The Pinot Noir is shining in a bright, ruby red color and is dense. It has an intense, fine and rich nose of roasted plums, dried fruit, flowery pelargonium note, humus and forest undergrowth notes. It is dry, rather hot and soft, on the other hand fresh, tannic and tasty. A well balanced, elegant, intense, full-bodied wine of a long-lasting aftertaste. Harmonious and mature wine with still life in it.
The Merlot on the other hand is showing a bright, garnet red color and is dense. Intense, fine and rich aromas of black cherry jam, dried raisins, walnut liquor, chocolate, leather … and they just keep coming. A dry, hot and soft wine, still fresh with rounded up tannins and tasty. A balanced, elegant wine of an intense, long-lasting taste and of a full body. A harmonious, mature wine probably at its best shape now. However you should notice that this wine was appearing still playful and younger in another bottle, this is to be attributed to micro oxidation of the cork.
Igor played with flavors and textures on the desert too, literally spoiling us with quince ice cream topped on buckwheat breadcrumbs, panna cotta, dark chocolate and chestnut ganache and chestnut foam.
And, as for the night given, we ended in big with a selection of matured cheeses and Veliko rdeče – 1995.
Veliko rdešč is made with Cabernet sauvignon (70 %), Merlot (20 %) and Pinot Noir (10 %). It matured for 6 years in French oak barrels and then waited in the bottle until coming of age to be opened at this special occasion. It has a deep, ruby red, bright color and is dense. The nose is intense, very fine and very rich with aromas of black cherries jam and other over ripe fruit, chocolate, dried tobacco, leather and it is just developing and opening … Dry, hot and soft, fresh, tannic and tasty. Tannins barely starting to round up, probably to be attributed to Cabernet sauvignon … A balanced, noble wine of an intense, long lasting taste and a robust body. A harmonic wine which still has to reach its maturity.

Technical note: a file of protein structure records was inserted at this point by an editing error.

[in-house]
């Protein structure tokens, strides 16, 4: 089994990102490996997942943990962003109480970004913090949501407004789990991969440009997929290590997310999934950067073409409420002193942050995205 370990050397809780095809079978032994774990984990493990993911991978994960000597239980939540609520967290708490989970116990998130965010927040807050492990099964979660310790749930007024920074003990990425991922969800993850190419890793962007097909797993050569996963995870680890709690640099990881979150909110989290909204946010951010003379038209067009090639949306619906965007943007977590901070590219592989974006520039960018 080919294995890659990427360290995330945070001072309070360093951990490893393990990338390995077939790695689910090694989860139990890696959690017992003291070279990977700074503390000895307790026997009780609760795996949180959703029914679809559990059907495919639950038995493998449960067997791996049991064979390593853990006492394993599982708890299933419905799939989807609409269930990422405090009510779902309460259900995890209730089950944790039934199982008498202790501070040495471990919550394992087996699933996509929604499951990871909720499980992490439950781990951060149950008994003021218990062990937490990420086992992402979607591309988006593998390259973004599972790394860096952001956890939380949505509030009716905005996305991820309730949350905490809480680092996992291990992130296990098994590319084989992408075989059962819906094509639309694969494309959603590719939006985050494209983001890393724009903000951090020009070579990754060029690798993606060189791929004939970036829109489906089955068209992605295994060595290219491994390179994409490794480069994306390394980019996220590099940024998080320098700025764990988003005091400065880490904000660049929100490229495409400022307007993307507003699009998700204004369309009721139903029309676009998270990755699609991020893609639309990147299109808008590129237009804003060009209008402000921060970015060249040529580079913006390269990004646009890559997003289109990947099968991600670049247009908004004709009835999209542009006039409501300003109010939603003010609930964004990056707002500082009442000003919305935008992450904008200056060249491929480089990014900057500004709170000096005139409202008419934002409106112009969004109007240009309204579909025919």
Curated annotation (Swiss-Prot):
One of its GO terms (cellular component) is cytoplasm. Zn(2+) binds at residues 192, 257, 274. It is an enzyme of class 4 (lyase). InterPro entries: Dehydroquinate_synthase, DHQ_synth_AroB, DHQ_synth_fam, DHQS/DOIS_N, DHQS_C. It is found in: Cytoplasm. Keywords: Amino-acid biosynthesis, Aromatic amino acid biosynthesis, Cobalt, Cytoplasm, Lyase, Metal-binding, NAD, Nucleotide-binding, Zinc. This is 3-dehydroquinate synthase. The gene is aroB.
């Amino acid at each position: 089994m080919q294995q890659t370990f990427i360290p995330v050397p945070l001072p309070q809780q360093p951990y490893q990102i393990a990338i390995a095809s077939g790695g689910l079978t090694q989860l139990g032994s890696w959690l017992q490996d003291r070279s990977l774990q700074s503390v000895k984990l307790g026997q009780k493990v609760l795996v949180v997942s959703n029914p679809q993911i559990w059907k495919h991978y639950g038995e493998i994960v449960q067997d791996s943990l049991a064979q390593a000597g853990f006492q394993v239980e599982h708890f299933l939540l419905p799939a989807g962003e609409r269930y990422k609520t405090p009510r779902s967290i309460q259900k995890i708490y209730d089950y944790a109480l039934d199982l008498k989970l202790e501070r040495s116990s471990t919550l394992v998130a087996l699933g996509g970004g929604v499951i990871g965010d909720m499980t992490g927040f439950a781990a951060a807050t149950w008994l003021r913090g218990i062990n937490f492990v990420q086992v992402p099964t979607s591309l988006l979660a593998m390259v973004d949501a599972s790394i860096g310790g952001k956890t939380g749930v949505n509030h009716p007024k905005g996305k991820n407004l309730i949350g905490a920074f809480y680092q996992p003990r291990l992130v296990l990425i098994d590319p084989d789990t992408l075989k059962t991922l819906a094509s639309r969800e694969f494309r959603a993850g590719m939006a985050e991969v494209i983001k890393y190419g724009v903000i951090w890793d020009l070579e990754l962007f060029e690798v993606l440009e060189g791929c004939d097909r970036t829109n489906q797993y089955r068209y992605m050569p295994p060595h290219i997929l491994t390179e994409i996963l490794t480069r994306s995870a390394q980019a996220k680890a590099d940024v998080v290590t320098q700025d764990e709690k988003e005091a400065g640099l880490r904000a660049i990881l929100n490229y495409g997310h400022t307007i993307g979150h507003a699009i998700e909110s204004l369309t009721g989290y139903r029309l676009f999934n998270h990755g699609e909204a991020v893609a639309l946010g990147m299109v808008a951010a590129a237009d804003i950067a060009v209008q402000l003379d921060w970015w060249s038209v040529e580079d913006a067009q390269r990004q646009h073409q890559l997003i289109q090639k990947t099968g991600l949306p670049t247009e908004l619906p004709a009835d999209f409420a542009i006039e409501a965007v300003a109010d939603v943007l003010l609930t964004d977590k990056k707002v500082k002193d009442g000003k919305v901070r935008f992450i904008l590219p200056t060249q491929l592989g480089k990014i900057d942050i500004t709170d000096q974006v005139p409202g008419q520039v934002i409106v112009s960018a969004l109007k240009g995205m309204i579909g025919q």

This was a dinner I surely won’t forget and hope that I was able to share with you at least a bit of the symphony of aromas, flavors and senses we had the pleasure to enjoy. Mira’s presentations were excellent and going in details. I’m thankful that I was able to be a part of this event, tasted some wines that are really rare to find and finally be able to enjoy in culinary delicacies of chef Igor Jagodic … Thank you!
Hello wine lovers! Well here we are again and this time I’ve got an interesting story, a story of passion & love. It all began a few months ago when a gentleman by the name Nicholas Gee contacted me if I could write about his wine. I didn’t think twice so we met in Ljubljana. OK … where’s the passion so far? Well as curious as I am I wanted to know as much as I could about his philosophy, winemaking, his views etc. And quite a chat we had!
Nicholas is from New Zealand, yes you read right, New Zealand! After graduating his thirst for knowledge led him across the World. He worked in 14 wineries in 6 different countries (New Zealand, Australia, Germany, France, USA and Slovenia). Combining his knowledge, experience and what he learned working with different winemakers has helped him to fully shape his own winemaking philosophy. He avidly believes that wine is made in the vineyard than it is the winemaker’s duty to express it as best as possible in the wine.
OK so we covered passion and one part of the love side, but why a guy from NZ is in Slovenia? When I asked him this question he smiled and said that he never would have imagined to end in Slovenia, but then again you never know who you’re gonna fall in love with. On a trip to Paris, France he met Marija and then in the city of love magic happened. They got in love, Nicholas moved to Slovenia and now they’re expecting their first baby. Now ain’t that a fairytale?
I’m telling you this because all of this is perceived in his wines. You can find them under the label Heaps Good Wine. If you find the name strange, well Heaps Good means that something is really good and so far I’m impressed. They produce 3 wines Sivi Pinot (Pinot Gris), Modra Frankinja (Blaufränkisch) and Modri Pinot (Pinot Noir). This time I’ll be writing about his Modra Frankinja, 2010 vintage.